Cervical dysplasia is atypical changes in the epithelium in its vaginal part, related to precancerous processes. In the early stages of its development, cervical dysplasia is a reversible disease, so its timely detection and elimination is a reliable way to prevent cancer risk. Unlike erosion, which occurs during mechanical injury of tissues, dysplasia disorders affect the cellular structures of tissues lining the cervix. The disease occurs mainly at the age of 25-35 years and is 1.5 cases per 1000 women. The absence of obvious clinical symptoms puts instrumental, clinical and laboratory techniques at the forefront of diagnosis.
N87 Cervical dysplasia
The lower, narrow, cylindrical part of the uterus, partially located in the abdominal cavity and partially protruding into the vagina (supravaginal and vaginal parts, respectively), is the cervix.
The vaginal part of the cervix is examined with the help of vaginal mirrors during a gynecological examination. Inside, a narrow cervical (cervical) canal with a length of 1-1.5 cm passes through the cervix, one end of which (the external pharynx) opens into the vagina, and the other (the internal pharynx) – into the uterine cavity, connecting them.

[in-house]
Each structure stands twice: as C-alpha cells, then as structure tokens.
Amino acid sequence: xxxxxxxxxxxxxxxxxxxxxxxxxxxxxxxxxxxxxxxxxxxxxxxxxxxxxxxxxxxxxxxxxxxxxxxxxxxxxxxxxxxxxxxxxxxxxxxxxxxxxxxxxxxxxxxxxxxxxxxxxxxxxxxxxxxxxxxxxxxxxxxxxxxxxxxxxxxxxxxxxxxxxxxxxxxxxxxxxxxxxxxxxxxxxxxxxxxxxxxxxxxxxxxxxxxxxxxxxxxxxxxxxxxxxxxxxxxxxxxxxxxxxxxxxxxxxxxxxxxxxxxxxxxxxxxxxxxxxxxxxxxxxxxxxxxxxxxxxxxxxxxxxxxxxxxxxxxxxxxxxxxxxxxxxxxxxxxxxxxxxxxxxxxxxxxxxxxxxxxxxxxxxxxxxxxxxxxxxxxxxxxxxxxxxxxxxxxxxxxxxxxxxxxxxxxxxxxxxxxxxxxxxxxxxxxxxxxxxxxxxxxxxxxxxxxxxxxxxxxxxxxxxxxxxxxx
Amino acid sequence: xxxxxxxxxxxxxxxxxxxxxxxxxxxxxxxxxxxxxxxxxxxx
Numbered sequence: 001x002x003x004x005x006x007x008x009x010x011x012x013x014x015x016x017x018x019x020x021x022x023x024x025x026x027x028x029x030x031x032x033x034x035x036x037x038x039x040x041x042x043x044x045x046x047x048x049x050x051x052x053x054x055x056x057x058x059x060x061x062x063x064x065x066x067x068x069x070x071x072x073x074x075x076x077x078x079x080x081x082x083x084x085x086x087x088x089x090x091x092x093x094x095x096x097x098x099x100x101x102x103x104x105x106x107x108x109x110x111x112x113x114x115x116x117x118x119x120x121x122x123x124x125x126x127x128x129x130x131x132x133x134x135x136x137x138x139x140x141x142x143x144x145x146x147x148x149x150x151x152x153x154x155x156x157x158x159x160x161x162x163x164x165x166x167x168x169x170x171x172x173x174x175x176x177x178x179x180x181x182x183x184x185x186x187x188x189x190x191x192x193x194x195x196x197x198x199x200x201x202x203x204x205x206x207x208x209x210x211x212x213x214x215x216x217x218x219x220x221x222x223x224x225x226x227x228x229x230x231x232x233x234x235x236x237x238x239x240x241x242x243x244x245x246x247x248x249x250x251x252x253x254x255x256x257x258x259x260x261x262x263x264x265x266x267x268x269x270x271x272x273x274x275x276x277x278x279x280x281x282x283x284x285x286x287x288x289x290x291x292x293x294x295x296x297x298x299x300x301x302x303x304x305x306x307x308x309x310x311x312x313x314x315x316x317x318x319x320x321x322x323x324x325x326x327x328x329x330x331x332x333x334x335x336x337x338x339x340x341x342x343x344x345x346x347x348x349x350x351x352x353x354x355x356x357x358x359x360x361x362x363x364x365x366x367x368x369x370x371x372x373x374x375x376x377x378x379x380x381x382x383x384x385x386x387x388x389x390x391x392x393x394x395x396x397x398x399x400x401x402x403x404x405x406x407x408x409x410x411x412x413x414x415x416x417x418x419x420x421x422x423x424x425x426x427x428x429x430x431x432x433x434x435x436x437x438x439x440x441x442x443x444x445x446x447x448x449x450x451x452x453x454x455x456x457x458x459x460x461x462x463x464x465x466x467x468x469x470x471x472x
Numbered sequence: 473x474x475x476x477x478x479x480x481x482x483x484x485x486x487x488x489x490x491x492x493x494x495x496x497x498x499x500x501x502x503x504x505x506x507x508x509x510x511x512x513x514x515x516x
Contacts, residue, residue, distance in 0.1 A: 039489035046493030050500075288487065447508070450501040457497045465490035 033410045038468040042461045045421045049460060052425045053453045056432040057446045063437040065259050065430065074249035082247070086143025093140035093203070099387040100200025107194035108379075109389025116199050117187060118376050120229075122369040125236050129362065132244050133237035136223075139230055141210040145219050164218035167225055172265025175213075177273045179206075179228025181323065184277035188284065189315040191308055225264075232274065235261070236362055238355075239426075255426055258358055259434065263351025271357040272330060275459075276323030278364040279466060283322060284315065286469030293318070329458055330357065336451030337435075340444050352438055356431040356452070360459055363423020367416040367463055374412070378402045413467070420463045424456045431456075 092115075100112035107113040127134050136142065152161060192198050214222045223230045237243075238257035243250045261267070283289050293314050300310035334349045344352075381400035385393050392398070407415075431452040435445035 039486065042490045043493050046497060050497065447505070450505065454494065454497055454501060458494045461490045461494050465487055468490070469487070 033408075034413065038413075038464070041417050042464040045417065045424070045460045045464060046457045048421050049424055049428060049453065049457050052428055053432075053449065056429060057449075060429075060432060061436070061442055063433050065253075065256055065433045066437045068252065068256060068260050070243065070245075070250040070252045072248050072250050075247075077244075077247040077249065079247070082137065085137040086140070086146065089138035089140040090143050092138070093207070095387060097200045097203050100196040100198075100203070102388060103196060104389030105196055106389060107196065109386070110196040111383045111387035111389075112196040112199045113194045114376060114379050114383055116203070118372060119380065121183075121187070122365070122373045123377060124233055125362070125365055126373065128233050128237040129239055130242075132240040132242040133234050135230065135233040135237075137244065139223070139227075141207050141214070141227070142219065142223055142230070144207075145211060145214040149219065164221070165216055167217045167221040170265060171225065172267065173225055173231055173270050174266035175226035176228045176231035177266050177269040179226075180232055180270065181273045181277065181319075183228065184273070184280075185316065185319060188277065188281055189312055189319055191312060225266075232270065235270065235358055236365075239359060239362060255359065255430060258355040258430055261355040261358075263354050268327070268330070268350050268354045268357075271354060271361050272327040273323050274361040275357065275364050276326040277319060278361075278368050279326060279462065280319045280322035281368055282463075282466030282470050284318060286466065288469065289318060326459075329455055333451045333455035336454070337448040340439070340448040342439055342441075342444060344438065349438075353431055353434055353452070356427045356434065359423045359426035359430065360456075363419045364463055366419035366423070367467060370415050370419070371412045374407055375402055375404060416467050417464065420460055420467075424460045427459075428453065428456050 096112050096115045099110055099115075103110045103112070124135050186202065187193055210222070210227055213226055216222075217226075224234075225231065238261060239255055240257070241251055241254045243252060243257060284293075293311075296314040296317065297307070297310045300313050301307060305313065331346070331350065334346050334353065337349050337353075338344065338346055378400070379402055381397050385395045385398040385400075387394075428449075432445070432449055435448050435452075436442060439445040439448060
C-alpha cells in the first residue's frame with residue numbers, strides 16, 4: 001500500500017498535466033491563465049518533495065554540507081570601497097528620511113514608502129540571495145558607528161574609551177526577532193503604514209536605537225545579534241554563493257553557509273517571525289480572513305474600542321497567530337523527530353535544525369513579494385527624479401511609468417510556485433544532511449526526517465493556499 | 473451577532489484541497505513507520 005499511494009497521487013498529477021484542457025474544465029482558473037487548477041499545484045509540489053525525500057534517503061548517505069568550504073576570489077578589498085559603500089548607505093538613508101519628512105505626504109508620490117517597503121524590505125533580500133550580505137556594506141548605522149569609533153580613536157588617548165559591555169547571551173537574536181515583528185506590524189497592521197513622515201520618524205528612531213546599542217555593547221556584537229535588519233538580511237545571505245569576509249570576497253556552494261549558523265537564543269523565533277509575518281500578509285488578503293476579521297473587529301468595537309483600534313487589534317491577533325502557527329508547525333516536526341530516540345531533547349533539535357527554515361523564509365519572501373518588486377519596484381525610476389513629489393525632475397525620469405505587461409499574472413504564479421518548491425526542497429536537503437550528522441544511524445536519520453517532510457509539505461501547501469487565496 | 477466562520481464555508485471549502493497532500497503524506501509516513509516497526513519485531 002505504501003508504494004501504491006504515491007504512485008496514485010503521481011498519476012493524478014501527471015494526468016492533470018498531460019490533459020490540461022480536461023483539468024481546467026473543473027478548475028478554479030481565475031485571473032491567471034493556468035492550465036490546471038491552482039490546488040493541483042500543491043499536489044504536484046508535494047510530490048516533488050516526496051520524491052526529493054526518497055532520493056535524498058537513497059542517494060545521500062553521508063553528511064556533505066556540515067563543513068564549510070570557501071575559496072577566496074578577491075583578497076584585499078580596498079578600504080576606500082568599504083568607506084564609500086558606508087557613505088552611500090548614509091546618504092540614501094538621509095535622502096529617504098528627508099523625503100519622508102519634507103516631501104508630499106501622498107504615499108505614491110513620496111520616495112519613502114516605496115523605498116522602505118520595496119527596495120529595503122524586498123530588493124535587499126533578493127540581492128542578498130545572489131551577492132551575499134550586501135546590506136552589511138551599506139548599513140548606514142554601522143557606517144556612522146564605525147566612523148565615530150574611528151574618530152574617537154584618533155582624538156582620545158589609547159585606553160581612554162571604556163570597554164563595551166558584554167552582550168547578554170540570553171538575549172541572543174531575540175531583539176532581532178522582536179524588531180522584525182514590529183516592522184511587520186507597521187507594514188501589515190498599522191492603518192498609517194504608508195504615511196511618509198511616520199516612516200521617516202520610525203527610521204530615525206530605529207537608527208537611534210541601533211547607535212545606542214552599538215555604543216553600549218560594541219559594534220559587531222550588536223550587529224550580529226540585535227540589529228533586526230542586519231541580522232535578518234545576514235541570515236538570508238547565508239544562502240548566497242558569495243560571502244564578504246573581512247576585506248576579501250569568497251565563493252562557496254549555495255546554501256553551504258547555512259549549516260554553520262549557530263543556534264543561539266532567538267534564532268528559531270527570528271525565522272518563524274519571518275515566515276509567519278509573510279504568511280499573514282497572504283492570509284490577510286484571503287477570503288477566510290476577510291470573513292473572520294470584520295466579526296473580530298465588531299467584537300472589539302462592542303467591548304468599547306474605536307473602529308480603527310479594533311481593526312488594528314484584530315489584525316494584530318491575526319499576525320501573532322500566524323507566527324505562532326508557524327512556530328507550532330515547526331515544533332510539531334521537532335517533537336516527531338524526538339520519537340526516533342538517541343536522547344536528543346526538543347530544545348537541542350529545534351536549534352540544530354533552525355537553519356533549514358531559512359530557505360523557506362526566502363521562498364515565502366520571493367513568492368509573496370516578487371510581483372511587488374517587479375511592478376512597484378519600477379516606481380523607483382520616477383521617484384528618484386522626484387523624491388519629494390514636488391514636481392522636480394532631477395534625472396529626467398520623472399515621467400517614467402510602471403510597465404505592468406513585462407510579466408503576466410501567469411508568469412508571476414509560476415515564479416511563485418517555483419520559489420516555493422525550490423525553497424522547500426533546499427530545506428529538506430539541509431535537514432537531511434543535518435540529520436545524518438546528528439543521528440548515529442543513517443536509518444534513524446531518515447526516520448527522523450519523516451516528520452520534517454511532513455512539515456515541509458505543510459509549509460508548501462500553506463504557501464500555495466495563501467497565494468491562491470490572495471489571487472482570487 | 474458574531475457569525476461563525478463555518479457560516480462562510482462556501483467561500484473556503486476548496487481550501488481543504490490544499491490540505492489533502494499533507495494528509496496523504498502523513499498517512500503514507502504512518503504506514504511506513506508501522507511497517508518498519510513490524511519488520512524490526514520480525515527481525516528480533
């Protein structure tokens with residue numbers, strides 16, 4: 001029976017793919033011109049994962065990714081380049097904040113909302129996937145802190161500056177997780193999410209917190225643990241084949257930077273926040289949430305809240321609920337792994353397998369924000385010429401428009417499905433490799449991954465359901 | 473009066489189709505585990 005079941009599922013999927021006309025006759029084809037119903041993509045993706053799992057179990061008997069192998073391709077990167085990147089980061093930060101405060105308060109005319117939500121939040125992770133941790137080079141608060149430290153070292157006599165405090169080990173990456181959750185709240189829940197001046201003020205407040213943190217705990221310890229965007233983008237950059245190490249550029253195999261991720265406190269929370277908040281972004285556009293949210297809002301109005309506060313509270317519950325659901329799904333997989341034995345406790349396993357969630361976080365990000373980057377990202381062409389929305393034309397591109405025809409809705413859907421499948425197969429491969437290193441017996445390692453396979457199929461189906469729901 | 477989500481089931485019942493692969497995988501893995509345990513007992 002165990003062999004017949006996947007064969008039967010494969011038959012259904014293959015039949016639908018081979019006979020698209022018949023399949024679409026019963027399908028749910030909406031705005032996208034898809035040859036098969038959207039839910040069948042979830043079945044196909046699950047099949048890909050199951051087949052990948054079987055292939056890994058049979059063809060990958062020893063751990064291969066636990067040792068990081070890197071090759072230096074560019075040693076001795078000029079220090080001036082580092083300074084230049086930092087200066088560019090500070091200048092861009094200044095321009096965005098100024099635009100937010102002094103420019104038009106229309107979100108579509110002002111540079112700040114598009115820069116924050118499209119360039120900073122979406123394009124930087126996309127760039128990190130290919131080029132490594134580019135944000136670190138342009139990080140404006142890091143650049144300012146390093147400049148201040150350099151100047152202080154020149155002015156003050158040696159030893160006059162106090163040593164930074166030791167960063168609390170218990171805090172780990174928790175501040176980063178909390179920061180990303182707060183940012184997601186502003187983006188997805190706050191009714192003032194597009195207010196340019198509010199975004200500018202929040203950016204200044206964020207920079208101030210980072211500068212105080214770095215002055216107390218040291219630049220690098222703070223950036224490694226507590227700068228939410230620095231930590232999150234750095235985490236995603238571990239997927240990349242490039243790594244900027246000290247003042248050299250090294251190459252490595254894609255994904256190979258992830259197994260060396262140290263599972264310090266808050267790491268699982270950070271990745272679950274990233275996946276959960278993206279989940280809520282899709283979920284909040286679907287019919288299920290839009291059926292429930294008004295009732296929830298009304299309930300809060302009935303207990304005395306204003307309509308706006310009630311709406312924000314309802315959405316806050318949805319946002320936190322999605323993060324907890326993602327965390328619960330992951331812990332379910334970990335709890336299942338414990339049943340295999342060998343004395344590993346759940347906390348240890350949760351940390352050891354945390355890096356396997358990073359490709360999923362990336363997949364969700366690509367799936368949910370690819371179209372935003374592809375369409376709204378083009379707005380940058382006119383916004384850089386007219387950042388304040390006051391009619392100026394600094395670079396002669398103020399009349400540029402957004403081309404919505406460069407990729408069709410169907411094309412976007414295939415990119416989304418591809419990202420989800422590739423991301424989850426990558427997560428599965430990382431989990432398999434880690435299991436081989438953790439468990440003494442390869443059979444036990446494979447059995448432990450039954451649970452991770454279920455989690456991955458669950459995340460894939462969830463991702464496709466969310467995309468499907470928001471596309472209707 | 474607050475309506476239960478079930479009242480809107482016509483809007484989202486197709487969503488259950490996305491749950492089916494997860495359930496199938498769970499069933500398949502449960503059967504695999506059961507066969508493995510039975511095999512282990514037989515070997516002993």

From the inside, the cervical canal is lined with a layer of epithelial cylindrical cells and contains cervical glands that produce mucus. The mucous secret of the cervical canal prevents the entry of microflora from the vagina into the uterus. Epithelial cylindrical cells have a bright red color.
In the area of the external uterine pharynx, epithelial cylindrical cells of the cervical canal pass into a multilayer flat epithelium covering the walls of the vagina, the vaginal part of the cervix and having no glands. The flat epithelium is colored pale pink and has a multilayer structure consisting of: